The RTÉ rugby panel have reflected on what Friday night's 22-9 loss to Wales in Cardiff means for Ireland and coach Joe Schmidt.
Former Ireland coach Eddie O'Sullivan says that other teams have figured out Schmidt's attacking approach and that our game plan needs to change: "There are questions about where we're going. We can't break teams down and we're becoming a bit predictable.
"Last night we had 60% possession and territory in the second half and we had three points to show for it. That's a problem.
"The lineout didn't function in Scotland or last night and the back row has been chopped down before. There are obvious problems that aren't being fixed.
"We have underperformed in that area against teams who front up defensively, as we knew Wales would.
"We were picked apart defensively in the World Cup by Argentina, which was flagged before it happened. The last two tournaments we've been shut down with the ball in hand. We haven't been able to batter our way through teams but we've persisted with it.
"Teams are not afraid of our attack anymore"
"Our back row were shut down again last night. One of the key elements of our game plan is our back row running over people, but teams now how to stop that, so going in with that is flawed. It's not going to work against smart teams.
"Teams are not afraid of our attack anymore. If they defend with any bit of sense and intensity, they can lock us down.
"We catch teams now and again or overpower teams but in terms of picking teams apart and breaking them down strategically, I don't see it consistently.
"Maybe it was there at the start (of Joe Schmidt's reign) it isn't there for the last two or three tournaments.
"The job of a coach is to find a way to break that down. Whatever way we constructed ourselves, we didn't get there, we didn't get the space with the ball in hand.
"The plan might have been the right intention but whatever way we went about it, we didn't succeed."
Analyst Brent Pope thinks that Wales have Ireland's number and that Schmidt needs to make personnel changes.
"It's not rocket science to suggest that under Warren Gatland, Wales knew how to beat Ireland.
"They did it in the 2011 World Cup by chopping down (Sean) O'Brien and Heaslip, they did it again two years ago and they did it again last night.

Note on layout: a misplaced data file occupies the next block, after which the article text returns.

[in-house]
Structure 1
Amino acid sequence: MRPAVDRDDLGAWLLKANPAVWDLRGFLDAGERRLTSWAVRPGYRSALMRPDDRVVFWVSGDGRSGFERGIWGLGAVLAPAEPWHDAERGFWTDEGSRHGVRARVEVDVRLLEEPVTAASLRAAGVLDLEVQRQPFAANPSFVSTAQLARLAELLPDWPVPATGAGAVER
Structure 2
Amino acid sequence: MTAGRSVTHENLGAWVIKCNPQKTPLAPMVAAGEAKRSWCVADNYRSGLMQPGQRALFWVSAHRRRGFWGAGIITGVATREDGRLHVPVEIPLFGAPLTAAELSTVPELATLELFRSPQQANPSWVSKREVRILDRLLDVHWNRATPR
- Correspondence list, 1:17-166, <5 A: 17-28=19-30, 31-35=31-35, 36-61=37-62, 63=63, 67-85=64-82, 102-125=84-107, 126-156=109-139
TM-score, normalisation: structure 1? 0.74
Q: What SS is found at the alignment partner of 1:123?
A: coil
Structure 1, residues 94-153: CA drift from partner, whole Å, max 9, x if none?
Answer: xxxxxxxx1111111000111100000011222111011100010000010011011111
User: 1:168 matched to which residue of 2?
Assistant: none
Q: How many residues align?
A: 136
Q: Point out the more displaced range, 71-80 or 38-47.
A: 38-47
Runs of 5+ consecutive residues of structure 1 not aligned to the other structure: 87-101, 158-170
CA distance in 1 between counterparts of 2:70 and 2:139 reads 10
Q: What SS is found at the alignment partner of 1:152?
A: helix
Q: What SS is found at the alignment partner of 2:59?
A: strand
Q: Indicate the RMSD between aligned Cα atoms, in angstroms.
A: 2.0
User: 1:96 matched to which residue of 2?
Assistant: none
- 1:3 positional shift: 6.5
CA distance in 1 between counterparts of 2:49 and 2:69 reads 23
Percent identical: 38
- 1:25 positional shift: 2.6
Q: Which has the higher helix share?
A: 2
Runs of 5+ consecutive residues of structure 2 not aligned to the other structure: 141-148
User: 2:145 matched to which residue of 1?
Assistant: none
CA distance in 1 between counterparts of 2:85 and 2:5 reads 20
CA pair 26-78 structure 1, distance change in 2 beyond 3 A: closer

"Running out the same thing that 'we were the better team but we lost' just doesn't wash with the public anymore.
"Wales deserved their win. Three tries to nil tells its story. You've got to score tries.
"Yes, there are positives but you've got to give credit to the opposition as well. It's not always about Ireland not performing rather than the other side performing.
"I think they've left this championship behind them.
"Something is not working"
"We all thought after the performances against New Zealand, Australia and South Africa, that Irish rugby could consistently dine at the top table, and that would have meant a match for a Grand Slam or at least a championship against England this season.
"Something is not working. You can say 'we're building to something' but you're based on results.
"The lineout misfired against Scotland and again last night.
"He's got to have a serious look at selections now, the back row and the composition of the lineouts.
"You've got options there. Iain Henderson, playing Stander at 6,7 or 8 or moving Sean O'Brien around. He's got to have a look at Rory Best and the lineout throws."
65-cap Ireland international Shane Horgan still believes Joe Schmidt's approach is correct but that the players are failing to adapt when things don't go their way on the field.
"Is the game plan Joe Schmidt is presenting to the players and trying to implement fundamentally wrong?
"I believe it's not, it's a correct game plan.
"Against Wales I think they tried to play more rugby than I've seen them do a lot of times.
"Maybe to their detriment, because they played a lot of rugby in their own 22 to 40.
"Ireland were trying to go after Wales on the corners. There were defensive frailties there that we had seen in the Six Nations already but the accuracy wasn't present from the players.
"The game plan wasn't perfect in every way but Joe Schmidt has a fundamental understanding of how best to set up Ireland to win games."
"I think technical fixes are the key. When something doesn't go right for Ireland that they expect to go right, like their rolling maul or their power running, that causes big distress.
"It's more likely that he'll make changes in personnel than change his philosophy"
"When a couple of key elements of our game break down, the rest of our game becomes very difficult.
"It's more likely that he'll make changes in personnel than change his philosophy.
"It worked against New Zealand incredibly a couple of months ago.
"The game plan isn't always perfect, or players don't always implement it perfectly and you have to be able to adapt to that.
"It's very hard to move the ball wide if you're getting no forward momentum off your initial carry.
"They were trying a little bit more sophistication around the carriers further wide but that didn't work either so they're going to have to go for another fix.
"At the moment they're being chopped down too early and when that happens, the whole game is off.
"But that shouldn't mean you lose the game. What you do then is you go into the corners with your kicking game. We did some of that last night but not enough."